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U.S. will hit debt ceiling by May 16, Geithner warns Congress

April 4, 2011 |  2:37 pm

Geithner3 The United States will reach its debt ceiling by May 16, increasing the need for Congress to act quickly so the federal government can continue borrowing and avoid defaulting on some of its debt, Treasury Secretary Timothy F. Geithner warned Congress on Monday.

The Treasury Department had estimated that the nation would reach its $14.29-trillion debt limit between April 5 and May 31. But in a letter to congressional leaders, Geithner said new calculations based on projections of income tax receipts show that the date will be no later than May 16.

The Obama administration is pushing Congress to increase the debt limit, as it has done 75 times since 1962. The nation has never failed to increase the limit, Geithner said.

But Republican congressional leaders and at least one Democrat, Sen. Joe Manchin of West Virginia,  have said they won't vote to increase the debt limit unless the move is accompanied by deep spending cuts. As the date approaches, Geithner warned that Congress is risking "unthinkable" consequences if the U.S. can no longer to borrow to pay its bills.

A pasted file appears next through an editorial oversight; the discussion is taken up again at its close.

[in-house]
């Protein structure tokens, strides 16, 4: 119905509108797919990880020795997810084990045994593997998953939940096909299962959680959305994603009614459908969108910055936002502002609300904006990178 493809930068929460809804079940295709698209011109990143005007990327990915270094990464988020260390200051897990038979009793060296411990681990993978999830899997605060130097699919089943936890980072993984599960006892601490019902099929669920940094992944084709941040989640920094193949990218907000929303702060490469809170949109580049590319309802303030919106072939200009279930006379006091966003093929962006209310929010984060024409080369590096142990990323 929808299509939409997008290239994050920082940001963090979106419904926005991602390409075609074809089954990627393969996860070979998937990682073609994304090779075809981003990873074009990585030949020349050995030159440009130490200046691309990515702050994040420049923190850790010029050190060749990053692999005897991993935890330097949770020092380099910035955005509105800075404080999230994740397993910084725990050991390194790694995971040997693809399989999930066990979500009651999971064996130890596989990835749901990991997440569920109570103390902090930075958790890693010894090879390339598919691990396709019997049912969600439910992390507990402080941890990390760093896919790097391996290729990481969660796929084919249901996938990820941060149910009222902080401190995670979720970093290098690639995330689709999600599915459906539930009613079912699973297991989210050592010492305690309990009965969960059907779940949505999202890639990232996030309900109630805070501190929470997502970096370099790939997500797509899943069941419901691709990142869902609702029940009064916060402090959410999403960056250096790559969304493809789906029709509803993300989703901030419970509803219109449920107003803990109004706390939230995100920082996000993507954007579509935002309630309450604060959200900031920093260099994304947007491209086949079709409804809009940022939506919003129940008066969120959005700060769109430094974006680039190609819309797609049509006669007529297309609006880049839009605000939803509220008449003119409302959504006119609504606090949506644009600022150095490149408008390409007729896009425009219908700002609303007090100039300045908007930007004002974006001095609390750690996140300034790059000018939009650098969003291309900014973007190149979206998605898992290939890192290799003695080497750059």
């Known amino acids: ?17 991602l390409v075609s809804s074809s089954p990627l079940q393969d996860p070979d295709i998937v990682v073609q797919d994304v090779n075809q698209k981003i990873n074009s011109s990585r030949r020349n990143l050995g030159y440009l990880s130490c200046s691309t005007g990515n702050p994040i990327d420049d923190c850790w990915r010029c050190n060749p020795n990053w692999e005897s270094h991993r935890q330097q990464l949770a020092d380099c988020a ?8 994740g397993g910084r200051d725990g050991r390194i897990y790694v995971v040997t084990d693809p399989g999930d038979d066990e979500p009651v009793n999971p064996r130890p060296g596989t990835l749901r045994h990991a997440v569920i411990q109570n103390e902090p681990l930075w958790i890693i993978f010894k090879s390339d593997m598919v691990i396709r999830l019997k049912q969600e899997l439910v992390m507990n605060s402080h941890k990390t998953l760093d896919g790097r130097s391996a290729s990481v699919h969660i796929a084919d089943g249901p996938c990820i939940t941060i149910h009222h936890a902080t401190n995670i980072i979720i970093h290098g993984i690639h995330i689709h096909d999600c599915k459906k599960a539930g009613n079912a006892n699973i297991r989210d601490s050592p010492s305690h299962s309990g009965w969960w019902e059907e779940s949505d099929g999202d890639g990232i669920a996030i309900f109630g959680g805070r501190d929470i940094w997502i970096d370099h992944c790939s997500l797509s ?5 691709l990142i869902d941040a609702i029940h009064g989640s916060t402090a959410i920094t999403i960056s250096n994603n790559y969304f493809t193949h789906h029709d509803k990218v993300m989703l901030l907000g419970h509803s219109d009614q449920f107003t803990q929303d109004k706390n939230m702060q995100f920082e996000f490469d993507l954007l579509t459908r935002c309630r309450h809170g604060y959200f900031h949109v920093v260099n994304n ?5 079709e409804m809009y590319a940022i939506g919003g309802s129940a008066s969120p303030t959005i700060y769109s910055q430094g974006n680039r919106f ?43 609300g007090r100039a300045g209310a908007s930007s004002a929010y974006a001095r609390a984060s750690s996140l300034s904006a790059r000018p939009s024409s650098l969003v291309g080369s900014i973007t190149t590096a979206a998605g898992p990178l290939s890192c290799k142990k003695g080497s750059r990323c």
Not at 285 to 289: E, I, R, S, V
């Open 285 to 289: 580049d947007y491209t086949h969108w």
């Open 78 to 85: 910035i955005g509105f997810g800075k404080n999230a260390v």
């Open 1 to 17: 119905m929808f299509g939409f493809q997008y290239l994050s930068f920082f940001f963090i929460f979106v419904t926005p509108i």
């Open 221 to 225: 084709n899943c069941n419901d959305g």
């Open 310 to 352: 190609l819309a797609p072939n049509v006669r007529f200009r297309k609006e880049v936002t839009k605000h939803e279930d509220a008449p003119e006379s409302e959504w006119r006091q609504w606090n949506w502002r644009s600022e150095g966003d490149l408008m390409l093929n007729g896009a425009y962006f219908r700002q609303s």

"If Congress failed to increase the debt limit, a broad range of government payments would have to be stopped, limited or delayed, including military salaries and retirement benefits, Social Security and Medicare payments, interest on the debt, unemployment benefits and tax refunds," he wrote. "This would cause severe hardship to American families and raise questions about our ability to defend our national security interests.

"In addition, defaulting on legal obligations of the United States would lead to sharply higher interest rates and borrowing costs, declining home values and reduced retirement savings for Americans," Geithner continued. "Default would cause a financial crisis potentially more severe than the crisis from which we are only now starting to recover."

Geithner said the Treasury Department has the ability to maneuver some of its payments to buy some time. But those "extraordinary measures" would push the deadline only to about July 8.

"At that point, the Treasury would have no remaining borrowing authority, and the available cash balances would be inadequate for us to operate with a sufficient margin to meet our commitments securely," Geithner wrote. "The longer Congress fails to act, the more we risk that investors here and around the world will lose confidence in our ability to meet our commitments and our obligations. "


Showdown looms over raising the nation's debt limit

Treasury Department pushes back estimate of when the U.S. will hit debt ceiling

 -- Jim Puzzanghera

Photo: Treasury Secretary Timothy F. Geithner. Credit: Bloomberg